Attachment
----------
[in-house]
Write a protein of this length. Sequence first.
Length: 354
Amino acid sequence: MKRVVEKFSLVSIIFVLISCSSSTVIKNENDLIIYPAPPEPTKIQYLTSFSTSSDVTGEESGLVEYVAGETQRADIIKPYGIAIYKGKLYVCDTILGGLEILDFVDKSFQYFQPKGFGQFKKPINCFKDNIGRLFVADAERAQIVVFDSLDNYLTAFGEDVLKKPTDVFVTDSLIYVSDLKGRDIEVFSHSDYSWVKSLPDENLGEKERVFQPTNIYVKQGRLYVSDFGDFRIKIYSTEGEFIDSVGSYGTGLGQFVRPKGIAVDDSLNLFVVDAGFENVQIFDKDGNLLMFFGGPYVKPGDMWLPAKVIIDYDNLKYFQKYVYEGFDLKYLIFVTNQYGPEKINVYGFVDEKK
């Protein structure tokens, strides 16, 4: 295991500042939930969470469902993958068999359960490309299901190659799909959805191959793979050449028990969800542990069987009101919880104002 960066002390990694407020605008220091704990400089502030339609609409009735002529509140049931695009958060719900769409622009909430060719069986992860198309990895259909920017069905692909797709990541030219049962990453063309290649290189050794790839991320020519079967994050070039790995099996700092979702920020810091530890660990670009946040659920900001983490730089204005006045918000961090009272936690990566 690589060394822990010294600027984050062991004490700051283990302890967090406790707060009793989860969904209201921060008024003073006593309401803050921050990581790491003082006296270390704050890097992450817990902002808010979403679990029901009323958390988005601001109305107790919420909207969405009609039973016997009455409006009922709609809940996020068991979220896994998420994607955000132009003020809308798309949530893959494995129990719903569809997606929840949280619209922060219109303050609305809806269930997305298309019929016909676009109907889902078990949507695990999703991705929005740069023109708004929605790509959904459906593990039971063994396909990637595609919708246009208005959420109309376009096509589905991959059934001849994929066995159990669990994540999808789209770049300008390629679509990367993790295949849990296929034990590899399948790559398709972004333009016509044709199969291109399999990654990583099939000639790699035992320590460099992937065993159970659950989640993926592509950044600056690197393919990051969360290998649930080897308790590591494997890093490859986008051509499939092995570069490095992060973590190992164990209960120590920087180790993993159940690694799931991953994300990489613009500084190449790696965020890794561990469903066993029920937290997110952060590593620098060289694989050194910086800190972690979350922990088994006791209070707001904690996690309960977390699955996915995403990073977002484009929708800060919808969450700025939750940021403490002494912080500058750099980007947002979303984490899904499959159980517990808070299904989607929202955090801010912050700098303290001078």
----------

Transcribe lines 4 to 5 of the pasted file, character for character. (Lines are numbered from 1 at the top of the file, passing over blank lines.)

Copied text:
Amino acid sequence: MKRVVEKFSLVSIIFVLISCSSSTVIKNENDLIIYPAPPEPTKIQYLTSFSTSSDVTGEESGLVEYVAGETQRADIIKPYGIAIYKGKLYVCDTILGGLEILDFVDKSFQYFQPKGFGQFKKPINCFKDNIGRLFVADAERAQIVVFDSLDNYLTAFGEDVLKKPTDVFVTDSLIYVSDLKGRDIEVFSHSDYSWVKSLPDENLGEKERVFQPTNIYVKQGRLYVSDFGDFRIKIYSTEGEFIDSVGSYGTGLGQFVRPKGIAVDDSLNLFVVDAGFENVQIFDKDGNLLMFFGGPYVKPGDMWLPAKVIIDYDNLKYFQKYVYEGFDLKYLIFVTNQYGPEKINVYGFVDEKK
């Protein structure tokens, strides 16, 4: 295991500042939930969470469902993958068999359960490309299901190659799909959805191959793979050449028990969800542990069987009101919880104002 960066002390990694407020605008220091704990400089502030339609609409009735002529509140049931695009958060719900769409622009909430060719069986992860198309990895259909920017069905692909797709990541030219049962990453063309290649290189050794790839991320020519079967994050070039790995099996700092979702920020810091530890660990670009946040659920900001983490730089204005006045918000961090009272936690990566 690589060394822990010294600027984050062991004490700051283990302890967090406790707060009793989860969904209201921060008024003073006593309401803050921050990581790491003082006296270390704050890097992450817990902002808010979403679990029901009323958390988005601001109305107790919420909207969405009609039973016997009455409006009922709609809940996020068991979220896994998420994607955000132009003020809308798309949530893959494995129990719903569809997606929840949280619209922060219109303050609305809806269930997305298309019929016909676009109907889902078990949507695990999703991705929005740069023109708004929605790509959904459906593990039971063994396909990637595609919708246009208005959420109309376009096509589905991959059934001849994929066995159990669990994540999808789209770049300008390629679509990367993790295949849990296929034990590899399948790559398709972004333009016509044709199969291109399999990654990583099939000639790699035992320590460099992937065993159970659950989640993926592509950044600056690197393919990051969360290998649930080897308790590591494997890093490859986008051509499939092995570069490095992060973590190992164990209960120590920087180790993993159940690694799931991953994300990489613009500084190449790696965020890794561990469903066993029920937290997110952060590593620098060289694989050194910086800190972690979350922990088994006791209070707001904690996690309960977390699955996915995403990073977002484009929708800060919808969450700025939750940021403490002494912080500058750099980007947002979303984490899904499959159980517990808070299904989607929202955090801010912050700098303290001078």